Monthly Archives: January 2012

A Week In Film #168: A taxing time

The Omega Man
“What’s this about?” asks the LLF. I explain that it’s basically the same as I Am Legend, that Will Smith film we saw recently (and based on the same Richard Matheson novel as this – qv The Last Man On Earth).

She said let’s have a crack. I warned her it was of its time. She promised to try and not laugh. She broke her promise.

Charlton Heston does Charlton Heston; Anthony Zerbe is great as the ex-news anchor turned millenarian primitivist.

And can you believe she’d never seen Paul Verhoeven’s ultrabrutal social satire on capitalism, yuppies and the militarisation of law enforcement? Kudos to her for sticking through it to the end, though. “It was more violent than I thought it would be.”

A Week In Film #167: Give that man a hand

127 Hours
In bringing canyoneer Aron Ralston’s story to the screen, Danny Boyle’s seems to borrow heavily from producing partner Andrew Macdonald’s director brother Kevin’s own ‘my climbing hell’ picture, Touching The Void. This is not a bad thing.

Boyle, however, dispenses with any of the documentary talking heads sequences threaded through Void, instead sticking to a well-shot, well acted, well-imagined drama. James Franco is excellent.

The American
George Clooney as some sort of an assassin, a gunmaker forced into hiding in some small Italian town. But soon his old life catches up.

Maturely made by Anton Corbijn, with space for the material to breathe.

It’s The Rage
A talky, colliding-lives theatrical transfer, directed by James Stern from a play by Keith Reddin, focusing on the effects of handguns on the lives of a dozen or so Americans.

Irritating jealous husband Jeff Daniels (a less likeable version of the Bill Pullman character in The Last Seduction) kills a man with whom he thinks his wife, Joan Allen, is having an affair. Lawyer Andre Braugher gets him off the hook, but also hooks her up with a job as PA to eccentric geek tycoon Gary Sinise – replacing burned out Josh Brolin, who goes to work in a video rental store, where he meets annoying street urchin Anna Paquin, who begins an affair with the lawyer (who is partner to needy David Schwimmer) whilst winding up her psycho brother Giovanni Ribisi. I think that’s everyone… Oh, and there’s cops Robert Forster and Bokeem Woodbine too.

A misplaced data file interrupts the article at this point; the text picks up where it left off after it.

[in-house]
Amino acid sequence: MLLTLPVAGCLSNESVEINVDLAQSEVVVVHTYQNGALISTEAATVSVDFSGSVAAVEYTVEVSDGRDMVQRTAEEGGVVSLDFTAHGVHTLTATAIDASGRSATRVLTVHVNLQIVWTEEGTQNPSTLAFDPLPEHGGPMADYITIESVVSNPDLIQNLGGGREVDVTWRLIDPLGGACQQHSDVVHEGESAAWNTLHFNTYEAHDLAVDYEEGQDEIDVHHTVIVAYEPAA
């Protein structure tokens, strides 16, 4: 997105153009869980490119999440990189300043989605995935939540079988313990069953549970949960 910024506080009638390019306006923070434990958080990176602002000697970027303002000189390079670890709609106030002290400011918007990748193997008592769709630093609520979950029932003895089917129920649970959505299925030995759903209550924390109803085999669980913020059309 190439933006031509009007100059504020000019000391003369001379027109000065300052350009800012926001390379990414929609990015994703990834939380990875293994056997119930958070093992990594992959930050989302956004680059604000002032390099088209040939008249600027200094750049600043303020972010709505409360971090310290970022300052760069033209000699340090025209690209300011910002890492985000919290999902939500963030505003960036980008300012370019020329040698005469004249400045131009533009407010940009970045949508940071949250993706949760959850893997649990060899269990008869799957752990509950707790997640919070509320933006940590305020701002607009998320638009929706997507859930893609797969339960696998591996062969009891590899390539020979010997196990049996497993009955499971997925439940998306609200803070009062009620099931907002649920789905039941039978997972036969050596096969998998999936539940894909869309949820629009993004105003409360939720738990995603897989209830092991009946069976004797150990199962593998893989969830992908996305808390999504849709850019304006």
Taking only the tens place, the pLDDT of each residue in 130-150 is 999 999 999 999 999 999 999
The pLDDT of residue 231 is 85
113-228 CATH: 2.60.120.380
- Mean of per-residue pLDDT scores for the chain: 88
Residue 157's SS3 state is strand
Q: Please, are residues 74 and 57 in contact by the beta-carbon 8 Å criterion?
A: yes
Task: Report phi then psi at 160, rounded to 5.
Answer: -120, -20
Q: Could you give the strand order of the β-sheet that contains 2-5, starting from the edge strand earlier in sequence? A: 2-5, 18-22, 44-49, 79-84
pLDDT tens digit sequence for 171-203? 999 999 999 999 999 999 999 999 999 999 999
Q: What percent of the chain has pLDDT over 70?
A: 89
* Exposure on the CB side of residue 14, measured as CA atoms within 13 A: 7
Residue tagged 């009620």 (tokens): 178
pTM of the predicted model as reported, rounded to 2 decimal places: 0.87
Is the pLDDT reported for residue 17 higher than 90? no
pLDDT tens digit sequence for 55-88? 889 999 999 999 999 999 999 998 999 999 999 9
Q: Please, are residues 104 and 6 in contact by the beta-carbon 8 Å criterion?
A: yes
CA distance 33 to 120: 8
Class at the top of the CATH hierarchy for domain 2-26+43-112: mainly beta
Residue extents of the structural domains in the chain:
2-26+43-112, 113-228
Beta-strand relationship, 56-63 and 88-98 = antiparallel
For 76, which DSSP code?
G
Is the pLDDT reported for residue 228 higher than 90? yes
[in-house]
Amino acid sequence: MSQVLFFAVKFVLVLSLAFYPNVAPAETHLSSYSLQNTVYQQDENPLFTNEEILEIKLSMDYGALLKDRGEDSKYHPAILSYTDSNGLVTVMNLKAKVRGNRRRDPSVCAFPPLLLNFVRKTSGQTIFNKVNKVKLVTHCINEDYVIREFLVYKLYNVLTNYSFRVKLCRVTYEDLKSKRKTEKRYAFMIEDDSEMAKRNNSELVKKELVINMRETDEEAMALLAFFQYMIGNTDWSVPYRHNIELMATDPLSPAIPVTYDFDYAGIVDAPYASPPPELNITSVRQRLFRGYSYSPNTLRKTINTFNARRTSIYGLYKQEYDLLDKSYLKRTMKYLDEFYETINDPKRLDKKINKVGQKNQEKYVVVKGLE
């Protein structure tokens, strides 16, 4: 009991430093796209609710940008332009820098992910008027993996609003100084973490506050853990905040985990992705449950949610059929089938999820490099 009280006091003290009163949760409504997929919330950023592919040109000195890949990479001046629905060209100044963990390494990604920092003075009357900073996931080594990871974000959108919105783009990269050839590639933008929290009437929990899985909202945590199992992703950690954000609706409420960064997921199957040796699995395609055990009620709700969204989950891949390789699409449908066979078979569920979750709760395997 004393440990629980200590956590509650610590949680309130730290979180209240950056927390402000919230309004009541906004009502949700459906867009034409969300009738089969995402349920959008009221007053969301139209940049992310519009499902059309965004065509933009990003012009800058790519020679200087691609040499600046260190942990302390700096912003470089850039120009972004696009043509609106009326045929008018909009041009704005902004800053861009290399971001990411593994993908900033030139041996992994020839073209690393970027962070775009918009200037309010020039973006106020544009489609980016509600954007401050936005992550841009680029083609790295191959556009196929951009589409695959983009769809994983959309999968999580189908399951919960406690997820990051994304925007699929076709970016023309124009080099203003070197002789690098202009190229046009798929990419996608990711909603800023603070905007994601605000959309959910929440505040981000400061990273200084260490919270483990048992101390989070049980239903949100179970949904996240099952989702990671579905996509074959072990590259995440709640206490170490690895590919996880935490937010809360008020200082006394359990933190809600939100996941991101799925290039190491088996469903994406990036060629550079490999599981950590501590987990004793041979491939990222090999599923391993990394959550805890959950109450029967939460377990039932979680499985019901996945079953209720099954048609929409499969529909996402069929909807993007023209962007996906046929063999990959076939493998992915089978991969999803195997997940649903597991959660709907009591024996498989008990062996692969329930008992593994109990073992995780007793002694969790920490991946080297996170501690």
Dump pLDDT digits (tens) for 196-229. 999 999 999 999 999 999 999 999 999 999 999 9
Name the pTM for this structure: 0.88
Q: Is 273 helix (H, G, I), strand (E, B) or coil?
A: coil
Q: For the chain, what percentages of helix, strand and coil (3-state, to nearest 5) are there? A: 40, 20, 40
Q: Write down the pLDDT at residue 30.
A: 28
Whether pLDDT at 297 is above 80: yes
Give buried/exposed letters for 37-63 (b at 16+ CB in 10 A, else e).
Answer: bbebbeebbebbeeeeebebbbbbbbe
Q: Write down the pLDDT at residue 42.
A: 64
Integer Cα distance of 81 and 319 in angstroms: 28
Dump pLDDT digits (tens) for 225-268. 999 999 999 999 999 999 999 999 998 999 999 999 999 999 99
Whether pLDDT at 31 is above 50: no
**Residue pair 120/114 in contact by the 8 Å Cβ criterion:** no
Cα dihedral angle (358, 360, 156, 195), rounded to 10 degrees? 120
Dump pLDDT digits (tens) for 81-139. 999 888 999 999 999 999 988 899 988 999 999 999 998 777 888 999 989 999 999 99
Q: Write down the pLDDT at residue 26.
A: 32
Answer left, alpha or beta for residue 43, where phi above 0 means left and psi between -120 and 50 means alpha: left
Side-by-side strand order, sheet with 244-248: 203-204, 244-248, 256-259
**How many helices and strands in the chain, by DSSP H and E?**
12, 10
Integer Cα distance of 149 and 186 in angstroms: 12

Basically it’s not great, it’s very stagey – Allen is decent, Forster delivers, Brolin and Sinise do the over-the-top thing fine – and all a bit too try-hard (drumroll, please) Altmanesque.

Ribisi’s repeated paraphrasing of better lines from better films (Taxi Driver, Midnight Cowboy, Dirty Harry), all whilst mugging like he was still on the Friends set, just reminds you of what you are missing by spending time watching this.

A Week In Film #166: Cartoons and a remake

Awesome Pixar CGI animated feature about an old guy, Carl Fredrickson, who decides to pursue the dreams of his childhood, after the death of his beloved wife. That dream involves lots of helium-filled balloons, a trip to Venezuela’s tepui mountain ranges, a Lindergh-esque explorer and his talking dogs (oh, plus a chubby little boy scout along for the ride).

By turns funny, sad and uplifting (well, you would hope so), a wonderful film (and my wee man agreed).

Boring Blue Skies Studios CGI animated feature about some exotic bird or other who ends up somewhere or other, but is then birdnapped or something, and has to do something to get back to somewhere, and learns something about life, or something.

About the only thing that held my attention was Jermaine Clement from Flight Of The Conchords as a villainous cockatoo, Nigel. Aside from that, very dull indeed (and my wee man agreed).

The Experiment
Frankly awful American remake of Oliver Hirschbiegel’s excellent Das Experiment, like the original a dramatic reimagining of the events of the Stanford prison experiment.

Prison Break creator Paul Scheuring directs flashily, but for some reason excises huge amounts of what made the original so powerful, adds pointless extra violence, omits characterisation, and manages to drop massive gurt plot holes all over the shop. Oscar winners Adrien Brody (all ripped torso and wet-eyed broodiness) and Forest Whitaker (his all-too-usual mumbling-and-blinking schtick) lead the cast.

A Week In Film #164: …Et Une Bonne Année!

A rather fun, silly little Brit comedy from Debbie Isitt (Confetti)about a slacker (Martin Freeman) who coasts through life as a primary school teacher until an impolitic remark to his arch-nemesis (Jason Watkins) forces him to have a crack at something big.

A bunch of likeable kids, Marc Wootton as a childlike classroom assistant, Pam Ferris as the head and Clarke Peters (The Wire‘s Lester Freamon) as a Hollywood bigwig all contribute to a most agreeable confection.